Many youth with the most serious mental health problems resulting from violence exposure and maltreatment never receive mental health services [MHS].8,11 These youth are disproportionately found in juvenile delinquent populations where 67% - 75% have impairing psychiatric disorders, 20% have severe mental disorders and more than 1/3 need ongoing clinical MHS care- a figure twice the rate of the general adolescent population.7-10-12 Girls are the most vulnerable, understudied and underserved but fastest growing delinquent subgroup, with data strongly suggesting they have the most serious MHS needs: 75-95% have histories of child maltreatment, 95-100% have poly-trauma histories of violence exposure, sexual assault and child maltreatment, up to 50% have current Post Traumatic Stress Disorder [PTSD] and substance and alcohol use disorders [SAUD] and they have higher rates of PTSD and suicidality than delinquent boys.7,10,12,26-28 However there are few, if any, rigorously tested interventions available in the juvenile justice system [JJS] for youth with these comorbid problems. Our primary aim in this proposed study is to evaluate the efficacy of Seeking Safety [SS], an intervention for concurrently treating comorbid PTSD and SAUD that also addresses self harm and negative affect regulation, for female delinquents. This study lays the groundwork for developing a model for importing evidence based treatment [EBT] to high-risk youth who gain the attention of the JJS. We will recruit 250 female delinquents, 13 to 18 years old, with comorbid PTSD and SAUD through the San Diego Probation Department's Girls'Rehabilitation Facility. Our primary aims are to 1) use a randomized control trial design to determine the efficacy of an 8-week, 24 session manualized PTSD/SAUD intervention, 13 compared to the 'treatment as usual'[TAU] (8-week, 24 sessions) provided by the Probation Department for SAUD problems and 2) determine if cognitive factors (verbal skills, executive function) are related to treatment outcomes for SS and TAU. Our secondary aims are to 1) evaluate possible modifications to the SS treatment for improving services to the subject population and 2) use this study as a model for importing EBTs to other high-risk youth in Child Welfare and the JJS by partnering with (a) UC San Diego Comprehensive Research Center in Health Disparities to determine the best approach for fostering collaborative relationships within the alliance of San Diego's community clinics and identify funding streams to provide community-based services for a larger high- risk youth population and (b) Center for Criminality &Addiction Research, Training &Application to learn how to disseminate data about EBTs for youth in JJS across the nation and explore strategies to train correctional officers to work more effectively with traumatized and SAUD youth. With unprecedented support and access through the San Diego County Juvenile Court and Probation Department and a currently embedded multi- disciplinary, translational research program (spanning neurocognitive, psychiatric, imaging, genetics research), we are in a unique position to implement this proposed study that bears far reaching policy implications.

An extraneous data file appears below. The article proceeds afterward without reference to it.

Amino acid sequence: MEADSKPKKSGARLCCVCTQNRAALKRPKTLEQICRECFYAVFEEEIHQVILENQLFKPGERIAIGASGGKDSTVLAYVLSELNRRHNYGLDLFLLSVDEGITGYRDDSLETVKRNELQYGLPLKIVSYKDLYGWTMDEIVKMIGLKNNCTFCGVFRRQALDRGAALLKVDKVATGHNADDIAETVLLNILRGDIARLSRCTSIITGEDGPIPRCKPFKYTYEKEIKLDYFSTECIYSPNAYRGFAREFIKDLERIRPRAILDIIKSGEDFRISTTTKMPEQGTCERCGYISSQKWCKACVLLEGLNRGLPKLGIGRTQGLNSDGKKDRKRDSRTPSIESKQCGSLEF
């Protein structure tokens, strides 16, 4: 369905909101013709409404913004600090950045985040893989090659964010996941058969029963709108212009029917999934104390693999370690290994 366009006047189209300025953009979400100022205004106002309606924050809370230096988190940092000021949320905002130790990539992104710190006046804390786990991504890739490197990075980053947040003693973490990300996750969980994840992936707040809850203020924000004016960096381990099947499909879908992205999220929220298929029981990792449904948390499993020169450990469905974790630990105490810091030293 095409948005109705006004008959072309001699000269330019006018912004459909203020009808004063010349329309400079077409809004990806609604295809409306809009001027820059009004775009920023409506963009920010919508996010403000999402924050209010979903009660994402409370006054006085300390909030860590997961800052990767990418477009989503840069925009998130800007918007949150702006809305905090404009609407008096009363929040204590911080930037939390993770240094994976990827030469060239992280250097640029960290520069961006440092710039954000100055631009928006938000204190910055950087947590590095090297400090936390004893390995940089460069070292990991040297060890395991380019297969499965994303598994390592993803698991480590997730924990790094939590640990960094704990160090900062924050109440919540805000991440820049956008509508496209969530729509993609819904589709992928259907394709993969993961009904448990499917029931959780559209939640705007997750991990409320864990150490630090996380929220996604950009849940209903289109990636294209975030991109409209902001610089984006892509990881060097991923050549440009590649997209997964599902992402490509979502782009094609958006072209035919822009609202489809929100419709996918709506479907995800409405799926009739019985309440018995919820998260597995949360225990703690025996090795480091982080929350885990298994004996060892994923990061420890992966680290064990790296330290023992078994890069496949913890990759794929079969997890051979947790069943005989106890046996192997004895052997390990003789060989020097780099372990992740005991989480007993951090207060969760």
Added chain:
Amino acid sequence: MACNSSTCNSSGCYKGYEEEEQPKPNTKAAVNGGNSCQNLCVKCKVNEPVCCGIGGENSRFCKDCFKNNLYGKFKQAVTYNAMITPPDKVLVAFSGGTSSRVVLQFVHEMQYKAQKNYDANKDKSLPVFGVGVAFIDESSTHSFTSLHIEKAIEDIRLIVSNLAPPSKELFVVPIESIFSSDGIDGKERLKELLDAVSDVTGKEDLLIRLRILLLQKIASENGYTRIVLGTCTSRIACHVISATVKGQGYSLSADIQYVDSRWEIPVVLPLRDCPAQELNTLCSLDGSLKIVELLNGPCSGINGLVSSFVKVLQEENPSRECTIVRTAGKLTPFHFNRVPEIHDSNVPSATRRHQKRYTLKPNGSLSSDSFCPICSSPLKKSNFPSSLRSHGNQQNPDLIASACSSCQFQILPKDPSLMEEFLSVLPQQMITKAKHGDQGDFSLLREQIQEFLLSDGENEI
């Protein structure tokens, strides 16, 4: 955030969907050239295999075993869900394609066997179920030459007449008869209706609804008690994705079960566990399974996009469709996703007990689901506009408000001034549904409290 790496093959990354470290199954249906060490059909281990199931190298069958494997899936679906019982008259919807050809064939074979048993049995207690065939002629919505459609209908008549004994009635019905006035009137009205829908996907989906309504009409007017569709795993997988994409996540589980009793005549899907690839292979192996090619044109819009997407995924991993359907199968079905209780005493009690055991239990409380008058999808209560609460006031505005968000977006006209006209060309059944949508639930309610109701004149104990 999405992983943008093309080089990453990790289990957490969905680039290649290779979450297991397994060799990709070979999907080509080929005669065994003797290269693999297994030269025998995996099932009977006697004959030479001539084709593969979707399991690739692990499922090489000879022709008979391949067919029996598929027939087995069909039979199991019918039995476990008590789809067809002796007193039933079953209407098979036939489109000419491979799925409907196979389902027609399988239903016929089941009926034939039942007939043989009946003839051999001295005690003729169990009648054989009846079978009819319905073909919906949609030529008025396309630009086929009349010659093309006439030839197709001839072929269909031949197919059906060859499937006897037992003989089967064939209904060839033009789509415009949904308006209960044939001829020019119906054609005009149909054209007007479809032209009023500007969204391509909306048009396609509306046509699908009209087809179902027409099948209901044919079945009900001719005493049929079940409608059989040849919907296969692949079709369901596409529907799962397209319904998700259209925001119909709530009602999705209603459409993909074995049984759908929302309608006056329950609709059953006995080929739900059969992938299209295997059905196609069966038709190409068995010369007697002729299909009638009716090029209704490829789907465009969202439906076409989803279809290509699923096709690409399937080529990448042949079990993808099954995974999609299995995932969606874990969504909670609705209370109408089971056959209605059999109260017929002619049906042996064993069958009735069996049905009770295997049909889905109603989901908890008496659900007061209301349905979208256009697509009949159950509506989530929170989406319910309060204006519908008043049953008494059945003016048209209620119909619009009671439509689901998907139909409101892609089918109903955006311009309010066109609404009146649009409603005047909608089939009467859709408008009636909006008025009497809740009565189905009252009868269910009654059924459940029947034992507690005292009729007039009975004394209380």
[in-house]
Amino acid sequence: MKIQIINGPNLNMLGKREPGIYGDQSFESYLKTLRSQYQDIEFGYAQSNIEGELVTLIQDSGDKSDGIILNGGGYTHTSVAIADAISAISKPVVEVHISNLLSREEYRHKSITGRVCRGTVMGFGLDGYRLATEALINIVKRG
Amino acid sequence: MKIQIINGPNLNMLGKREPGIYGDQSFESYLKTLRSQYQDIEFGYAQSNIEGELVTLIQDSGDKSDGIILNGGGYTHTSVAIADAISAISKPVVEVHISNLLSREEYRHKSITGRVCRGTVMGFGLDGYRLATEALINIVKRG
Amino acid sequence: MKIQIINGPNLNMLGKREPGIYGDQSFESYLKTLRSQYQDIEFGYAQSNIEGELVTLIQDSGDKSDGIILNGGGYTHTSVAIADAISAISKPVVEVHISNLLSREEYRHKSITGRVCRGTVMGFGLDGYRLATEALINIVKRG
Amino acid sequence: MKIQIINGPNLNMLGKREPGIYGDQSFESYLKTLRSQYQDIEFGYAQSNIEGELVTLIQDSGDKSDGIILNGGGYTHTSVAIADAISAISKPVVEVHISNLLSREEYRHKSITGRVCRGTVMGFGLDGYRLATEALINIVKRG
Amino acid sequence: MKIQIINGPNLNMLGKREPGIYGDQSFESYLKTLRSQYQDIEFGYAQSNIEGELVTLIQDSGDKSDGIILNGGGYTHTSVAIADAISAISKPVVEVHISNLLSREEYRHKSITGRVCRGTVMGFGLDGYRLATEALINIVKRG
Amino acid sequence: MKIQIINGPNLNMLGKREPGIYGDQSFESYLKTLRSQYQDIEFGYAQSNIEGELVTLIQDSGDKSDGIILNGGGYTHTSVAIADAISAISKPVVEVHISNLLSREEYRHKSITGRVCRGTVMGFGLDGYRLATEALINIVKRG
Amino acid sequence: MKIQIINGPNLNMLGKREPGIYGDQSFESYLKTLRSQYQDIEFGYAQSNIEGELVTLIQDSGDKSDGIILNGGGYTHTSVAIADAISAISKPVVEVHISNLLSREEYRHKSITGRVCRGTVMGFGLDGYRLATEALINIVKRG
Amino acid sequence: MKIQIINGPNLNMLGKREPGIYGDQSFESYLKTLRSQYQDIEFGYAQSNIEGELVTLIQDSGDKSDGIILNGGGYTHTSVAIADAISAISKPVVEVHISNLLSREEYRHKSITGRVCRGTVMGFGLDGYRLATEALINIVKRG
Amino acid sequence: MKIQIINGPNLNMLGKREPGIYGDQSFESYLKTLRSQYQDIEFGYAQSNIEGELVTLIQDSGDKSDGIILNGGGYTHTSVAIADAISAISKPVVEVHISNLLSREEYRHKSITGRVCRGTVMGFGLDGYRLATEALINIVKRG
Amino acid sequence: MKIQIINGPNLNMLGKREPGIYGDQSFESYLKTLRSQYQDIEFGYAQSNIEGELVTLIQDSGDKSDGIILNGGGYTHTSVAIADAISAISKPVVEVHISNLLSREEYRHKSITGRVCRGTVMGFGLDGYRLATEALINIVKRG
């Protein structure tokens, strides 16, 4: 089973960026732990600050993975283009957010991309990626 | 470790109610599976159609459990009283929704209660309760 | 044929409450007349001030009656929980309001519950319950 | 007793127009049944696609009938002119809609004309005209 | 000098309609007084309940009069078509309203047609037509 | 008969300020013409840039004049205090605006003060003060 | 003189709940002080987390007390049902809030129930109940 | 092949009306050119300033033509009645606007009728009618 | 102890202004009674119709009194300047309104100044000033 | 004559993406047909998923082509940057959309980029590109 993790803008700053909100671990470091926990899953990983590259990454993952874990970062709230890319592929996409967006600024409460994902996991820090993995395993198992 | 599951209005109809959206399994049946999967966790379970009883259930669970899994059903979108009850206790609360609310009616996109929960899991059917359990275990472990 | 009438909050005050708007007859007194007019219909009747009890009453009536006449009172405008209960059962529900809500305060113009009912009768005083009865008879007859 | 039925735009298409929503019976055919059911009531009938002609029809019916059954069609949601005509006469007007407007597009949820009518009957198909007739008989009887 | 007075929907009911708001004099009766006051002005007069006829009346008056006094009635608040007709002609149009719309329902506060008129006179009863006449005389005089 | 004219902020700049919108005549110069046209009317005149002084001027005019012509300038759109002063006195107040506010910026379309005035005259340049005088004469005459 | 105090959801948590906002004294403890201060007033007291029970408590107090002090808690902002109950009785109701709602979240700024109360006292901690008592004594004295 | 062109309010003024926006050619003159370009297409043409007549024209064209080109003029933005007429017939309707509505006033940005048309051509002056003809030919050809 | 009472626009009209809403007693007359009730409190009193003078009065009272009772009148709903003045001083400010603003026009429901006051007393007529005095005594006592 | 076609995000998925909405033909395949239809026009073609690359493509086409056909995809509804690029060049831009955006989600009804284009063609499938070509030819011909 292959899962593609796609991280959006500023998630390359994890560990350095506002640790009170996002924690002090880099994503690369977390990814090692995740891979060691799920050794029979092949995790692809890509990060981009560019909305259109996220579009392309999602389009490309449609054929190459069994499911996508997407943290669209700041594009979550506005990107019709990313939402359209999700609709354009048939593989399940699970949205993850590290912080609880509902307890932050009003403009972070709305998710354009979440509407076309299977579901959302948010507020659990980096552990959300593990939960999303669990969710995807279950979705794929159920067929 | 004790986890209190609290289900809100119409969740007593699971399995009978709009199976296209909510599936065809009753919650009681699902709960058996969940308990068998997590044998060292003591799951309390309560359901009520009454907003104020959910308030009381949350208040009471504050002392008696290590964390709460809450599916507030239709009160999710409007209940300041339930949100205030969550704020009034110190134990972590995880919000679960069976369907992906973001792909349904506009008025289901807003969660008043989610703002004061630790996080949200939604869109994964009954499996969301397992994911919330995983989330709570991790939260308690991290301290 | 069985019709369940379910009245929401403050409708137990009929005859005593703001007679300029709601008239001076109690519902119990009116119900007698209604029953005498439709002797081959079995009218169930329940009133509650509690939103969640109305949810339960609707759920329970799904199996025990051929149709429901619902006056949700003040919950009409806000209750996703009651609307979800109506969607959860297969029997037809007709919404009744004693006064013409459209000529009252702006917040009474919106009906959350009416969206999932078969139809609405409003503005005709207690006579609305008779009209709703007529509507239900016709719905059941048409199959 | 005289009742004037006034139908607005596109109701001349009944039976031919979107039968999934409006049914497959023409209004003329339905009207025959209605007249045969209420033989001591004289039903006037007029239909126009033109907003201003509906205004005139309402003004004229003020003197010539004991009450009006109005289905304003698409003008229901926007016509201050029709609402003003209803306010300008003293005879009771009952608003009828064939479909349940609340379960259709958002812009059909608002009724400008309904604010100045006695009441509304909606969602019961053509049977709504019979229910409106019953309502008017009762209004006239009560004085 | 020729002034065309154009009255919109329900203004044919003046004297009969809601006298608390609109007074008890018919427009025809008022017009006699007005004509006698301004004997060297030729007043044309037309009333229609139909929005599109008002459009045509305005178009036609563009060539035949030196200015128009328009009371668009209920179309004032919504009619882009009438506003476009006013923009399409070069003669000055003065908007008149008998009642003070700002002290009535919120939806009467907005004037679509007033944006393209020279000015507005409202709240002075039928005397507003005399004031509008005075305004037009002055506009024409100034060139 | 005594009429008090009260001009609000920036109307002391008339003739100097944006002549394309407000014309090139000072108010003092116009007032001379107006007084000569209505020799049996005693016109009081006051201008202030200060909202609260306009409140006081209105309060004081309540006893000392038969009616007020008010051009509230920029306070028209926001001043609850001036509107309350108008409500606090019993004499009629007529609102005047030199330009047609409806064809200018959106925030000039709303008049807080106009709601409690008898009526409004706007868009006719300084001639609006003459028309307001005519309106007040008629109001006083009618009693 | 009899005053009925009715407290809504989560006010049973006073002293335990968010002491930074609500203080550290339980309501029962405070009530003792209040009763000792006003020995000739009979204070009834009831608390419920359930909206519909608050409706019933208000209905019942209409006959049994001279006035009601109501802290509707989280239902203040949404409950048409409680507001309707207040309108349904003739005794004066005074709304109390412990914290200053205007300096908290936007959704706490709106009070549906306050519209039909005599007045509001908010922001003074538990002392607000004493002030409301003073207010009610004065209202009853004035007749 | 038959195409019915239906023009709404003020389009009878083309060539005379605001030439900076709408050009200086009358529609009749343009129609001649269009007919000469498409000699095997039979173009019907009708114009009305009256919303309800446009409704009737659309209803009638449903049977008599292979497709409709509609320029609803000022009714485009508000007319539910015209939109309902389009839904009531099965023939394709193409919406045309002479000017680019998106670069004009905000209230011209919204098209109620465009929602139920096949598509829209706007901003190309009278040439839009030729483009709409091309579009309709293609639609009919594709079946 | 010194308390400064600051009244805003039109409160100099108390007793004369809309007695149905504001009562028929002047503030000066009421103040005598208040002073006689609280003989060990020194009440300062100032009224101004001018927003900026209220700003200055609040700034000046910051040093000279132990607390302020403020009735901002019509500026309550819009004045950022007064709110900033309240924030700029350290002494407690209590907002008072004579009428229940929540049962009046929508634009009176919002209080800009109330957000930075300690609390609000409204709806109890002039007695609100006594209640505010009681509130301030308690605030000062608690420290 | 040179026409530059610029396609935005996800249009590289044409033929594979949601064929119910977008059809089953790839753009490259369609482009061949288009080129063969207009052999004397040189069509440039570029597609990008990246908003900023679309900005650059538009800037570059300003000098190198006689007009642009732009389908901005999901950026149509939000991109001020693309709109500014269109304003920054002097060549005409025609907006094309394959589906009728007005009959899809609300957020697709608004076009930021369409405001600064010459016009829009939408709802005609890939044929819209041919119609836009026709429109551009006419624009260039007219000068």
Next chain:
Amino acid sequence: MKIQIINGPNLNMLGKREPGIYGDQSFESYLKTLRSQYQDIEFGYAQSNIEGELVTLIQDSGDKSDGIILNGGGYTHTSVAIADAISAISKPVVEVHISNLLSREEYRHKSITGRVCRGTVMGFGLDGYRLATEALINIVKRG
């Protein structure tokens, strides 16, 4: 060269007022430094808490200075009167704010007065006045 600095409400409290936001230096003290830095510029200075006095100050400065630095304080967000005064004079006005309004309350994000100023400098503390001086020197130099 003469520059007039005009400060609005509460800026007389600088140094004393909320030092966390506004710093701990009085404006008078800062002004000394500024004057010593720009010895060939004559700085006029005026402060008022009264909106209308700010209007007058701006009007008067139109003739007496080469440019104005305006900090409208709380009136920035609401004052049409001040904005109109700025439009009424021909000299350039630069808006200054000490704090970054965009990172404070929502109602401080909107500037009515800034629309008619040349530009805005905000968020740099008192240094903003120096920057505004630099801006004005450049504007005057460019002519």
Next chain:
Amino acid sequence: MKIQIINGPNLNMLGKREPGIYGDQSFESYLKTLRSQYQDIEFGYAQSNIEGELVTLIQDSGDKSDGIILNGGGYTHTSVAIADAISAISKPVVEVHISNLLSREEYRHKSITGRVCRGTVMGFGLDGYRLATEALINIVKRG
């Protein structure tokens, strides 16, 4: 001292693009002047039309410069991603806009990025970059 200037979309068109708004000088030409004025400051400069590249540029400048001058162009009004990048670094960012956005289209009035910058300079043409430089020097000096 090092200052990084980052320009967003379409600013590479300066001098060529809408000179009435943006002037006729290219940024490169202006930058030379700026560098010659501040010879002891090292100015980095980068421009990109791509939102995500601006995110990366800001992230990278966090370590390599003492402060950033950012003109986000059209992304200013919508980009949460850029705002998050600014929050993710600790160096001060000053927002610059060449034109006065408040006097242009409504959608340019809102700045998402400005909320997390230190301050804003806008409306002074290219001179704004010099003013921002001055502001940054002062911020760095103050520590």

Youth who become involved with the Juvenile Court, either through the Child Welfare or Juvenile Justice system, demonstrate elevated rates of psychopathology and functional impairment, pose significant social and fiscal costs to society and often escape the attention of traditional mental health services. This research examines the efficacy of an evidence based intervention that simultaneously treats comorbid Post Traumatic Stress Disorder and Substance/Alcohol Use Disorders, the most prevalent comorbid pattern observed among high-risk and delinquent girls and a pattern that often results in future arrests (substance use, prostitution). This research will serve as a model for implementing and evaluating evidence based treatments with high-risk youth who gain the attention of the Juvenile Court but are traditionally underserved in the general community.